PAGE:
The publication last month of federally funded research results that describe how the virulent H5N1 bird flu virus could deliberately be engineered to make it easier to spread has been the subject of a debate within scientific and privacy circles regarding the significant security risks such research could pose when made public.
Last fall, for the first time the National Institutes of Health’s National Science Advisory Board for Biosecurity asked the two scientific journals, Science and Nature, to refrain from publishing specific details in reports on the research. The advisory board said conclusions from the research should be published, but not “experimental details and mutation data that would enable replication of the experiments.”
Opponents of publishing the data expressed legitimate concerns that a rogue scientist or state, or even a well-resourced terrorist organization, could turn the H5N1 bird flu into a highly lethal biological weapon. Proponents of making all the research available maintained that the world needed the research results in order to help identify dangerous mutations so that countermeasures could be developed.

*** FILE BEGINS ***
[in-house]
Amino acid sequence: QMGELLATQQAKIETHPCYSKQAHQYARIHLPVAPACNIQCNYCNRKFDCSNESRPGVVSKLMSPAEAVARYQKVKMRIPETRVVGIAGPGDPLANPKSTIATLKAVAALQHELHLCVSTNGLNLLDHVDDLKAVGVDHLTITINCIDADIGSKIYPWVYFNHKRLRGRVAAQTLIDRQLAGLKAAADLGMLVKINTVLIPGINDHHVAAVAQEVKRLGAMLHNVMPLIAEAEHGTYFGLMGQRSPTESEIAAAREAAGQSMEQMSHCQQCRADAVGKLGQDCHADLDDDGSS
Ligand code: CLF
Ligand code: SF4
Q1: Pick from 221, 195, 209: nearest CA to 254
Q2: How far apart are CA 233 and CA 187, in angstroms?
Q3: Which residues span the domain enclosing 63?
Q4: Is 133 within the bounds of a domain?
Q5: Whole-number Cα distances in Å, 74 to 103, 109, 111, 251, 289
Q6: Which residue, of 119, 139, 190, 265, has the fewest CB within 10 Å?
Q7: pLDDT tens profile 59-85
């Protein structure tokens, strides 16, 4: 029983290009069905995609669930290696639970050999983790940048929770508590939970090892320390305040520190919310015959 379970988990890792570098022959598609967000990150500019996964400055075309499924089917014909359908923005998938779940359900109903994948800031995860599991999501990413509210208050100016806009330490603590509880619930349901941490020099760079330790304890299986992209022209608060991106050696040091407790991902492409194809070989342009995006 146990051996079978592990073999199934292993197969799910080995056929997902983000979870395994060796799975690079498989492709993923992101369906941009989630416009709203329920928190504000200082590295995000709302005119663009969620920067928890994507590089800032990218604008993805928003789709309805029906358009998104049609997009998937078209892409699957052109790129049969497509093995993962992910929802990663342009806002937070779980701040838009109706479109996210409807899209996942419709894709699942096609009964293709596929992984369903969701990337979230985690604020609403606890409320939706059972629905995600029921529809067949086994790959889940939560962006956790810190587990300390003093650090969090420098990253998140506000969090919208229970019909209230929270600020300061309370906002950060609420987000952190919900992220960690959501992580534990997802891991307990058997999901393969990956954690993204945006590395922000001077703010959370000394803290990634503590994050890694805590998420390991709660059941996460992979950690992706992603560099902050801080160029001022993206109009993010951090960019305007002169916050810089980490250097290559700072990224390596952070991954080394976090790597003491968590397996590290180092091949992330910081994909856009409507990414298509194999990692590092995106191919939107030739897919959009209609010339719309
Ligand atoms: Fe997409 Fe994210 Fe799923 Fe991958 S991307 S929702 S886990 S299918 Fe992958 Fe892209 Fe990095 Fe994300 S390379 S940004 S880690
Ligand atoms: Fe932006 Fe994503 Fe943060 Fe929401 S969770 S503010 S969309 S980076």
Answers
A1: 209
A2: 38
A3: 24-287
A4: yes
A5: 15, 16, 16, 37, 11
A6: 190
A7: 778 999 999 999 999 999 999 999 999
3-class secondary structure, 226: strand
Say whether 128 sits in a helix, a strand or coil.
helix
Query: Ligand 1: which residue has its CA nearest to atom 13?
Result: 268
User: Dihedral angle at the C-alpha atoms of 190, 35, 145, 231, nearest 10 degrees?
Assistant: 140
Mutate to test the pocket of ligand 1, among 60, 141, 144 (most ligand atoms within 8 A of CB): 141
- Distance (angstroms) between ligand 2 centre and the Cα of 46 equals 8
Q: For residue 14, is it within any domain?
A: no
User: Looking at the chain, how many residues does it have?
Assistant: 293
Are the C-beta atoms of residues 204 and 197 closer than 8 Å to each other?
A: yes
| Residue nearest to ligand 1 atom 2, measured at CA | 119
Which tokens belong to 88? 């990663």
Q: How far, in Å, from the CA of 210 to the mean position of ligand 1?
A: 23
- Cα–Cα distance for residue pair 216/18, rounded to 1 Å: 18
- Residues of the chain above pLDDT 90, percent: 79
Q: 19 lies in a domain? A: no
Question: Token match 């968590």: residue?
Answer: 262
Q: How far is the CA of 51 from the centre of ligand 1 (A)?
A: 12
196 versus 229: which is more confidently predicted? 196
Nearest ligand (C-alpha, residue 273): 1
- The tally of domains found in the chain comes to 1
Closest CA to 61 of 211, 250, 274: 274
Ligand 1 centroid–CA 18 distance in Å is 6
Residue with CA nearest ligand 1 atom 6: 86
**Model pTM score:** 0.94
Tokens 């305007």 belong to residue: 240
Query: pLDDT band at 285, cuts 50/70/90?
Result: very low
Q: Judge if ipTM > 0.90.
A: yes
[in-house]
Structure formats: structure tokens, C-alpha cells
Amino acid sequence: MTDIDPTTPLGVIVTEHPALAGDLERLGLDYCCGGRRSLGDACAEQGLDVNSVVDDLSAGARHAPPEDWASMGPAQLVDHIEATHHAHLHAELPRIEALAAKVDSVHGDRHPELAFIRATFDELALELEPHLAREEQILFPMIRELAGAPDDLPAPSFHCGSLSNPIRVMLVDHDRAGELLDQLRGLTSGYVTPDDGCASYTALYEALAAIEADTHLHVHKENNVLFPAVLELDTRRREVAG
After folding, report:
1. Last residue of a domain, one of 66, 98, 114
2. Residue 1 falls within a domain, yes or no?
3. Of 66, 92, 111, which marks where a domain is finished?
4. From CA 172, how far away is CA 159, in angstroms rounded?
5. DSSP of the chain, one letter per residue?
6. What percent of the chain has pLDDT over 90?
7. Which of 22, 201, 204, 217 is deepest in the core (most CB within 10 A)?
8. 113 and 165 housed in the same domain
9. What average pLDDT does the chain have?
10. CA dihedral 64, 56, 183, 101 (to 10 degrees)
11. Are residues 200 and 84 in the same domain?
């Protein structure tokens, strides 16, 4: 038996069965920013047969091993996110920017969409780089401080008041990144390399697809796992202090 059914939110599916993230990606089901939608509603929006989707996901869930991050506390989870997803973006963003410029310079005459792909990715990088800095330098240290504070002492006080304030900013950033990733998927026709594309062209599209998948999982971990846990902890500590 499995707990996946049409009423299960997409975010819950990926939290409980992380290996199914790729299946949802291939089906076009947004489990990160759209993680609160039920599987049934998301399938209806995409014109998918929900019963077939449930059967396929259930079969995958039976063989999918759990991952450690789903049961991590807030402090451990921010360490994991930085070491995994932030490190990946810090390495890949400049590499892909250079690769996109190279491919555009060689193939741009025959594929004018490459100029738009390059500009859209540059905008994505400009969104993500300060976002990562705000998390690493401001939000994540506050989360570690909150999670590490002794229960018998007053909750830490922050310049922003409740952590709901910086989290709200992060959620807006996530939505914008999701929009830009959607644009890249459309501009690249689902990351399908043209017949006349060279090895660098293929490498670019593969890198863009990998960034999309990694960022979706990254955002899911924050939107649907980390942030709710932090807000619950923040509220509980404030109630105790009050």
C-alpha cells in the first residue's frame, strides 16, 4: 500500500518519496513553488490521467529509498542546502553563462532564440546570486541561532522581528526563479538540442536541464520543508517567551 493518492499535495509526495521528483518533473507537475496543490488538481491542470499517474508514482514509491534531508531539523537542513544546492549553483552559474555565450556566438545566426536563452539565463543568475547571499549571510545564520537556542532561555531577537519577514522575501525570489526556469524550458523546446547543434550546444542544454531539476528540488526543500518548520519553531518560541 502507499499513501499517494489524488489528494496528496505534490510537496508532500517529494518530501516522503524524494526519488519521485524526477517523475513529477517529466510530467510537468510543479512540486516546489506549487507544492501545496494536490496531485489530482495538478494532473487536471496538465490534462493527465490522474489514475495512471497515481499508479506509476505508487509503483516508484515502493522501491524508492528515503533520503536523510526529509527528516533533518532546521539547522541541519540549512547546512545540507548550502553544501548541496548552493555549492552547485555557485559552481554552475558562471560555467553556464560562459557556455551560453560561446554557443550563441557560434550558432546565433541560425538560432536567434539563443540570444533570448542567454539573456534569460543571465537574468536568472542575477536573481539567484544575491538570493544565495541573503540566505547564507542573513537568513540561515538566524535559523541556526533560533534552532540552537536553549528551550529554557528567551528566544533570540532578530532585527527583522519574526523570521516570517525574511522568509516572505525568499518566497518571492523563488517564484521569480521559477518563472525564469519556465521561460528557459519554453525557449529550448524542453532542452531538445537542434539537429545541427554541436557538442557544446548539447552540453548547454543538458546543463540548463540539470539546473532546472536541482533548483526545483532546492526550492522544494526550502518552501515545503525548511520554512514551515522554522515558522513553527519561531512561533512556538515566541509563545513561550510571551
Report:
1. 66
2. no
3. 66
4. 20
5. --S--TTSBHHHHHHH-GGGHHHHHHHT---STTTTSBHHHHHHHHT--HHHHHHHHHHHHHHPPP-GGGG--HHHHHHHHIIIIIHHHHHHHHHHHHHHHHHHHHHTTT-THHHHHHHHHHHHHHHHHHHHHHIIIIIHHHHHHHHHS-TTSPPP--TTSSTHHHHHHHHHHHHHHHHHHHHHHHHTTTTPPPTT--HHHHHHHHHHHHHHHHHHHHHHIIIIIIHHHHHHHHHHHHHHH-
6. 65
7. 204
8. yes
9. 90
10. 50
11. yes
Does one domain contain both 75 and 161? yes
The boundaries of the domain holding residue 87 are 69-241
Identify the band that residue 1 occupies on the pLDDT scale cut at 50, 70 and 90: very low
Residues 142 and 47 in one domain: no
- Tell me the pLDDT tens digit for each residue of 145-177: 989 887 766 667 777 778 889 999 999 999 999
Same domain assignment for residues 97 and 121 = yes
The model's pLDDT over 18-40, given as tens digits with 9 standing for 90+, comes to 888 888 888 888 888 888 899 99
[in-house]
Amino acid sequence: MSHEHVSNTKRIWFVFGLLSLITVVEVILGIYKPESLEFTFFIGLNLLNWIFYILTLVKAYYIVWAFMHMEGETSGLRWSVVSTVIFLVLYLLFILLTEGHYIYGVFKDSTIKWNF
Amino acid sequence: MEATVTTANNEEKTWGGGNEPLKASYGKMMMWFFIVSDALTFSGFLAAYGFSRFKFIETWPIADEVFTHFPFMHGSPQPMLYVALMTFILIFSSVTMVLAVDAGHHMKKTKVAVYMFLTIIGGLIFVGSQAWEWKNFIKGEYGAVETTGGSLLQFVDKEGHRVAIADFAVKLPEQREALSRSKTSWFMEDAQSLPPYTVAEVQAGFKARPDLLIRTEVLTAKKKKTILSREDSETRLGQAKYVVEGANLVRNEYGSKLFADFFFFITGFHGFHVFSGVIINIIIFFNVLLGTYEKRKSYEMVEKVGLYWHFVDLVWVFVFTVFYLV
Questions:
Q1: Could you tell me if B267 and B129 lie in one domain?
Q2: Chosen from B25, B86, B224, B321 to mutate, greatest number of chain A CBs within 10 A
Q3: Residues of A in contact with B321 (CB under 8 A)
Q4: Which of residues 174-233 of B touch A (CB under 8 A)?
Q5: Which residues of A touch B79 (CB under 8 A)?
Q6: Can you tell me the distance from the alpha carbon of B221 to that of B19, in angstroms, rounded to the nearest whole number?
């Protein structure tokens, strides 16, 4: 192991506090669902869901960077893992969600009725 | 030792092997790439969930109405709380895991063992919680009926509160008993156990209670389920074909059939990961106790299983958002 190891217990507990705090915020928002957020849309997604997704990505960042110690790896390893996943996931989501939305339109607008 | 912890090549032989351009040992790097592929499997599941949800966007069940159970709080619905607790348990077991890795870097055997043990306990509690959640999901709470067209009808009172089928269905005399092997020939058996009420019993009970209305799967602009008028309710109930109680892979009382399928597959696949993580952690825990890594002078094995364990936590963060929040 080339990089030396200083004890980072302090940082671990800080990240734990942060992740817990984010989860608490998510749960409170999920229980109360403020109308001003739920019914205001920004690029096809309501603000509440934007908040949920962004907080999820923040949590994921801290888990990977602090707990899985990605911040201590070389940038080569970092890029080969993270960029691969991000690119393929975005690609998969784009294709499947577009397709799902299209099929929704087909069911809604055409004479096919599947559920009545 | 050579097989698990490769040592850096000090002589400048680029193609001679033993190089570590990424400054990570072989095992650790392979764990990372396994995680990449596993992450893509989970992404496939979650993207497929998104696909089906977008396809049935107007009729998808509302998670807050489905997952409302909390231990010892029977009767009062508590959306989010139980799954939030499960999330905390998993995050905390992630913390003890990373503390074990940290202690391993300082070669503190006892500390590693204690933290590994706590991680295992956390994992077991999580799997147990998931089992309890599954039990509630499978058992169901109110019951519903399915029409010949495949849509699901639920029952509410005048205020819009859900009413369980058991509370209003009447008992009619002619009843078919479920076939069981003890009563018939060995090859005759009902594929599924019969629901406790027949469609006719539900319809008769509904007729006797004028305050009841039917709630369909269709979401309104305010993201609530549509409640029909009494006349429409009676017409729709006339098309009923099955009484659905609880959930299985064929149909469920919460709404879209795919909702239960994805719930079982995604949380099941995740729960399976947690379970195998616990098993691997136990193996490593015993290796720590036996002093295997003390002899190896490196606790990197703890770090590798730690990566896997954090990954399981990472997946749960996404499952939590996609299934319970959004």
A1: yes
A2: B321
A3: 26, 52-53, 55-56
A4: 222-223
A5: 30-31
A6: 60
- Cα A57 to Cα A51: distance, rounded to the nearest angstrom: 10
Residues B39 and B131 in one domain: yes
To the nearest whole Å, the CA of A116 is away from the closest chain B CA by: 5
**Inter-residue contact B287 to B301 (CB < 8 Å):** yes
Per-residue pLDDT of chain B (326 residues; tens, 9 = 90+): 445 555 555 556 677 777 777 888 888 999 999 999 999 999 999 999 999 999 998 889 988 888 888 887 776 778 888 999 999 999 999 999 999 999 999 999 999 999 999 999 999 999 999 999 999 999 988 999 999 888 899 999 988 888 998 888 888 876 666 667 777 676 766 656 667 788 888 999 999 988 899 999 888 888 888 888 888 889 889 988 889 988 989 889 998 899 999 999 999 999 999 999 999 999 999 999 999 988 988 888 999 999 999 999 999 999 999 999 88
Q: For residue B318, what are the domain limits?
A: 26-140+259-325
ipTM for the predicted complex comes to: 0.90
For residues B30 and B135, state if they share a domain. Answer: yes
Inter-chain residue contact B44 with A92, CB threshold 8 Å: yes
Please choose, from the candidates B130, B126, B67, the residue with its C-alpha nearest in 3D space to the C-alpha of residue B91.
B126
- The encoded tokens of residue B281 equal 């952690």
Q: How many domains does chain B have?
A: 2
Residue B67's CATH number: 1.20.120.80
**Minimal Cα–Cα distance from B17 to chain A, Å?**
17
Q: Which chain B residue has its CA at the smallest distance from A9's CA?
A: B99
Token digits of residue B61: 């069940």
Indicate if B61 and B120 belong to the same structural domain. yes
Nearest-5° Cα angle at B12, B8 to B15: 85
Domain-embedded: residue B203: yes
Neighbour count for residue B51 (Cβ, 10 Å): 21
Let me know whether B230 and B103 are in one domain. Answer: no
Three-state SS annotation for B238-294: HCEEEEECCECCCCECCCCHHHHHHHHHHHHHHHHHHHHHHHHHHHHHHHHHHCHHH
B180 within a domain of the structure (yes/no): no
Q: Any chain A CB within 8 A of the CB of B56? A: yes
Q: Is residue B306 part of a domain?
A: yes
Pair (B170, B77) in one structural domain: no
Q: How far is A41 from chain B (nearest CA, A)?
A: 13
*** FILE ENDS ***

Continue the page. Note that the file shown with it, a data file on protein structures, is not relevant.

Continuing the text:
More than six years ago, Homeland Security Today reported on counterterrorists’ concerns about intelligence indicating Al Qaeda had discussed using “bio-martyrs” to spread a pandemic-capable flu virus. Concerns about terrorists and rogue states developing hybrid, designer viruses as bio-weapons were again detailed by Homeland Security Today in 2009.
[Editor’s note: See Homeland Security Today director of multi-media Dan Verton’s video, Threat Matrix, in which he explores the work of the Commission on the Prevention of Weapons of Mass Destruction Proliferation and Terrorism and its conclusion that a terrorist attack involving biological agents is likely to occur somewhere in the world by 2013]
Stakeholders, including the Department of Health and Human Services, the World Health Organization, journal publishers and scientists debated whether the possible benefits of publication outweighed the potential harms. In the end, editors of the scientific journalsdecided to publish modified versions of the two papers.